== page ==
At this time when things were in the balance, and loss showed its face from afar, Kamāl K. faujdār brought up two elephants swift as the wind, and imparted lustre to the battle. The evil-doers fell into confusion, and the breeze of victory began to blow on the rosebush of the hopes of the good servants. The roses of the battlefield bloomed from being watered by the cheerful of coun­tenance. Great deeds were done by the courageous, and by the sky-high elephants. Every arrow that reached the elephants was 323 regarded by them as an incitement to activity and increased their spirit. They cast down with their trunks the enemy's horsemen. Eighty-two arrows stuck in one elephant, and fifty-five in another. Many of the imperial servants were wounded, but owing to the Divine protection none were fatally injured. By the help of heaven a great victory revealed its countenance. If the narrowness of their energy had been a little widened, and they had followed up their victory, this would have been the last revolution of the heavens for the enemy. But the country was full of water, and their enterprise was at a low level, and the roads were full of jungle. The victorious troops were on their guard till morning. When the sun took possession of the earth, they came out of camp and halted near the city of Bahīra, and though they knew that the enemy was three kos off they did not pursue them.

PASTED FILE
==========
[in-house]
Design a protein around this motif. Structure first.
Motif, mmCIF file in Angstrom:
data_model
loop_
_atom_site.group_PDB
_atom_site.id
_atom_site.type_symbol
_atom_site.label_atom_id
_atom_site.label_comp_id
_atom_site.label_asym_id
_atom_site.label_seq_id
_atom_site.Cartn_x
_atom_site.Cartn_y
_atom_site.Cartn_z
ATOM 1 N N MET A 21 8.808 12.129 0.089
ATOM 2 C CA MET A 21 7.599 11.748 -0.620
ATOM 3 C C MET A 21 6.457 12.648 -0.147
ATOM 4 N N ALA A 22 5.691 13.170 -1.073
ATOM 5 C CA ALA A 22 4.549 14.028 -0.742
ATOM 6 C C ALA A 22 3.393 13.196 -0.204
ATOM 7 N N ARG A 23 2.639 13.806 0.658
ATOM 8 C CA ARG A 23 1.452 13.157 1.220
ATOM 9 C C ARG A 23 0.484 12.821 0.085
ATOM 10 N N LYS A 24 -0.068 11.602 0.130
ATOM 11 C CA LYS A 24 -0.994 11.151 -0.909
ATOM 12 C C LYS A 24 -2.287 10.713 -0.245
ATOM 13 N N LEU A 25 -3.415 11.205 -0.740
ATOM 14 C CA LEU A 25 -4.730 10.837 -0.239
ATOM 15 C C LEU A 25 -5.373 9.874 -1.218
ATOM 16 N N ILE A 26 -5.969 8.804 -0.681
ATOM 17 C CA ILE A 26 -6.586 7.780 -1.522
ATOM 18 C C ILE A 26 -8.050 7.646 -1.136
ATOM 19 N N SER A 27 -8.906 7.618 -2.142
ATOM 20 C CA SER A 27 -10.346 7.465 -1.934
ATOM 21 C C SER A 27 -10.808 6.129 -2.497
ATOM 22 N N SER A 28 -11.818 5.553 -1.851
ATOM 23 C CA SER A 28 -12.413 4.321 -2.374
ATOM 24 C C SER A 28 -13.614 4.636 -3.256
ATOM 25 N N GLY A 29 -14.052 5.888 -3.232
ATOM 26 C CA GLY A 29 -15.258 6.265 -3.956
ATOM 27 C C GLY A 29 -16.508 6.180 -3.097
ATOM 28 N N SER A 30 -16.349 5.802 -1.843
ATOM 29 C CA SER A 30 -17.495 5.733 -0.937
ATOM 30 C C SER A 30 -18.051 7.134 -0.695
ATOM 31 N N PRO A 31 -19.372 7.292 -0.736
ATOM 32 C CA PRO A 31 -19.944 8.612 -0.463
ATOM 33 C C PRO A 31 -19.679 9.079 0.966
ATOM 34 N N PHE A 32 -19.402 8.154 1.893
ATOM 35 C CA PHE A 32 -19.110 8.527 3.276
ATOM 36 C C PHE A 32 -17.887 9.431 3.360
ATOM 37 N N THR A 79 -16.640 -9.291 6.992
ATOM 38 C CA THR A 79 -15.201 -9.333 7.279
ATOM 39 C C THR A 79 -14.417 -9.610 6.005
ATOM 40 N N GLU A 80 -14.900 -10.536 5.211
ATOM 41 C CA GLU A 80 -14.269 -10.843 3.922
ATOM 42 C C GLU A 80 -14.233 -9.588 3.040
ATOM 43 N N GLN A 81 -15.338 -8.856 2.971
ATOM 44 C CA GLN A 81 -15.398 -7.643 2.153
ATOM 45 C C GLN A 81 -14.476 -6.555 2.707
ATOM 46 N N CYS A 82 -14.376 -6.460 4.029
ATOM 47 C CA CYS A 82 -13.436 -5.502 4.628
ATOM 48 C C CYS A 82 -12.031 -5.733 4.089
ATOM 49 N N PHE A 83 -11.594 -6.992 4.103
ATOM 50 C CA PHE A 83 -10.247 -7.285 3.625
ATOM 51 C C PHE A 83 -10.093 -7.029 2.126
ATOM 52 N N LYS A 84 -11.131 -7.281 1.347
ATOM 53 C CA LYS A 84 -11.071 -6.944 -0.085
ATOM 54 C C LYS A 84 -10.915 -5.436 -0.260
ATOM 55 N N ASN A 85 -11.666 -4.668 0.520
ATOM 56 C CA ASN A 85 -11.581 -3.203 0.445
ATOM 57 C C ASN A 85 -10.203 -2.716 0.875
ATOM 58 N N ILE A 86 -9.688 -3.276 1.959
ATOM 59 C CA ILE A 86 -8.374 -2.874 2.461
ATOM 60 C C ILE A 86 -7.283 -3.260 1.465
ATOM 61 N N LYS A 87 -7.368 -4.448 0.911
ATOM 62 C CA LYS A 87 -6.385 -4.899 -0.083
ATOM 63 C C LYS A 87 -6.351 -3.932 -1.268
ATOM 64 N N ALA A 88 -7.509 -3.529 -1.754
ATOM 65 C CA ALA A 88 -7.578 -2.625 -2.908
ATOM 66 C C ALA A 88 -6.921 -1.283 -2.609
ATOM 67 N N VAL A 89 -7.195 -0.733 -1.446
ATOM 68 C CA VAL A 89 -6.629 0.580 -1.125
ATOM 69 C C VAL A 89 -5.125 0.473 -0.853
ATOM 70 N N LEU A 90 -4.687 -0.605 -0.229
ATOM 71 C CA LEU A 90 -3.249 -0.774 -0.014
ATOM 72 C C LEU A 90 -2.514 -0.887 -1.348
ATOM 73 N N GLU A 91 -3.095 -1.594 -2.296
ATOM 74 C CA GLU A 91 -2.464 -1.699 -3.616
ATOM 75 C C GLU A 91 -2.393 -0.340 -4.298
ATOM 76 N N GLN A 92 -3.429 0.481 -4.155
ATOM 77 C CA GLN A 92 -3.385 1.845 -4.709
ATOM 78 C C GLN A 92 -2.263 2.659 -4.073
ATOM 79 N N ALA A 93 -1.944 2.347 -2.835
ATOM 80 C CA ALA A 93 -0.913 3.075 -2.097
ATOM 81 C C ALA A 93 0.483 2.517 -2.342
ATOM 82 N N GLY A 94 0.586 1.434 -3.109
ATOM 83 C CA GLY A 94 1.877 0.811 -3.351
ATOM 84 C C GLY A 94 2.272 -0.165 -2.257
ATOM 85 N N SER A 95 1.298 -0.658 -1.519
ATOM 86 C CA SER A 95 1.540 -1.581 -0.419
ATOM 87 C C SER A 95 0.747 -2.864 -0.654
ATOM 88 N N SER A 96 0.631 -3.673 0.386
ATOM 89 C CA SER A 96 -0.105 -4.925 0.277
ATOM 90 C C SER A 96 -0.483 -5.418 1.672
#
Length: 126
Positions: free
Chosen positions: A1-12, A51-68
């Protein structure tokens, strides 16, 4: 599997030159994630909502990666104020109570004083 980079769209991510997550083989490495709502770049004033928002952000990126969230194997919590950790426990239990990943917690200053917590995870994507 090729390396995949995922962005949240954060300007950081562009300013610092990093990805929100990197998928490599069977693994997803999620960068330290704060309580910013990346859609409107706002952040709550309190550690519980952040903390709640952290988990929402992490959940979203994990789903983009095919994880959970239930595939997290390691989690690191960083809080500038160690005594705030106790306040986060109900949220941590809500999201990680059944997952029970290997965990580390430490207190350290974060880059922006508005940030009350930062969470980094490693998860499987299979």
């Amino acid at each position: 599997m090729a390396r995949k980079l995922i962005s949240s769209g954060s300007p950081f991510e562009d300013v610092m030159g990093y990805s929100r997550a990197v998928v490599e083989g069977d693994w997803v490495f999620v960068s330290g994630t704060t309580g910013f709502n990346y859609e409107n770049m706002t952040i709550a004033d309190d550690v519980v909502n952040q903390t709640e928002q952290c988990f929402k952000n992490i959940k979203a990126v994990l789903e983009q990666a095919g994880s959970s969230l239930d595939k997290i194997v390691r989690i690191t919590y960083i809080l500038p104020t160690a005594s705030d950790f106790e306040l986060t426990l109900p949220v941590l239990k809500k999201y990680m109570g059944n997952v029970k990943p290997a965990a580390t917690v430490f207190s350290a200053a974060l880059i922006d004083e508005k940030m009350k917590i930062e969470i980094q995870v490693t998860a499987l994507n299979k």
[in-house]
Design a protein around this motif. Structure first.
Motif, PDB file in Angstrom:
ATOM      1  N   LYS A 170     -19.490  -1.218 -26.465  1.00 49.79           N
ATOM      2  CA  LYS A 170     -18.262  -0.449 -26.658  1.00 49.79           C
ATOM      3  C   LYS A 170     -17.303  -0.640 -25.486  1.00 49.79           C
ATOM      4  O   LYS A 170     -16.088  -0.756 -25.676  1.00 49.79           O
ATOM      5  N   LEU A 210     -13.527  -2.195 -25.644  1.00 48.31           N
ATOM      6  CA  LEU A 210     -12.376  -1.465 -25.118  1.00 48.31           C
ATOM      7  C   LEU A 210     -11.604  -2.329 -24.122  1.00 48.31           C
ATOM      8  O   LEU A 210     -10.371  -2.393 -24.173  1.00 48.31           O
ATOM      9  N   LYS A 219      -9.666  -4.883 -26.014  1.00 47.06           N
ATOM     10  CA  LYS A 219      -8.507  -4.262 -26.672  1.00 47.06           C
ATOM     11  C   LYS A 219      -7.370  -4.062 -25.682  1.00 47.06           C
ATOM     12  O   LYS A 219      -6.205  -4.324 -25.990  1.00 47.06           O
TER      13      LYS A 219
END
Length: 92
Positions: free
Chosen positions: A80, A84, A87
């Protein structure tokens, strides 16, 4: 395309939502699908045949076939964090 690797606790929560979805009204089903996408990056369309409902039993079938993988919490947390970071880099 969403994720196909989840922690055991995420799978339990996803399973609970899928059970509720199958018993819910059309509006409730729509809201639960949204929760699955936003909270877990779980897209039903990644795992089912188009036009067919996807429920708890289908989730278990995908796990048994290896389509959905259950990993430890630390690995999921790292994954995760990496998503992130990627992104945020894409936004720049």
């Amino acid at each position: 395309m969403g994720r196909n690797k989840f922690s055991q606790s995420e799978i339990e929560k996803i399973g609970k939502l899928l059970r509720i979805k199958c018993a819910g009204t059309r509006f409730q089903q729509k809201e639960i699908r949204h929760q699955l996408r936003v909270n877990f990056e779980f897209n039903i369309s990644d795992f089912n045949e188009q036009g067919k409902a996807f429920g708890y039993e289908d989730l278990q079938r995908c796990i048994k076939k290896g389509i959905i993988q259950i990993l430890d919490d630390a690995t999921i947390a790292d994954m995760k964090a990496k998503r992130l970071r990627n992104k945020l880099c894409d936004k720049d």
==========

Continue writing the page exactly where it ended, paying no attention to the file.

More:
One of the occurrences was that the Khān 'Āzim joined the army. Inasmuch as the incomparable Deity increases the fortune of the world's lord, the great rebellion had subsided before the armies effected a junction. The daily increase of dominion was impressed on high and low. The cause of the delay in the arrival of the Kokaltāsh was that when he crossed at Causa, he was detained by the rebellion of Dalpat Ujjainiya. His short-sighted companions represented his power in exaggerated terms, and he listened to them and set himself to punish that presumptuous one. About the same time Shahbāz K. arrived, and the Khān 'Āīm also kept him back, and represented to him the necessity for punishing the landholder. As the celestial superintendents were engaged in displaying* the won­ders of daily-increasing fortune, the plannin s of the imperial ser­vants were not happy, and the effects of their energies were stayed by the performance of this part of their work. Jagdespūr, the seat of the rebel, was plundered. The forests which also contained miry places were a help to the rebels. The imperialists halted there, and tested their valour in daily engagements. Meanwhile babblers caused a dissension between the Khān 'Āim and Shahbāz K. and the light of concord became dark. The Kokaltāsh withdrew his hand from the work, and went off towards the army, on the 18th, i.e. the day after the night-attack, he joined the camp, and a fresh lustre was given to affairs.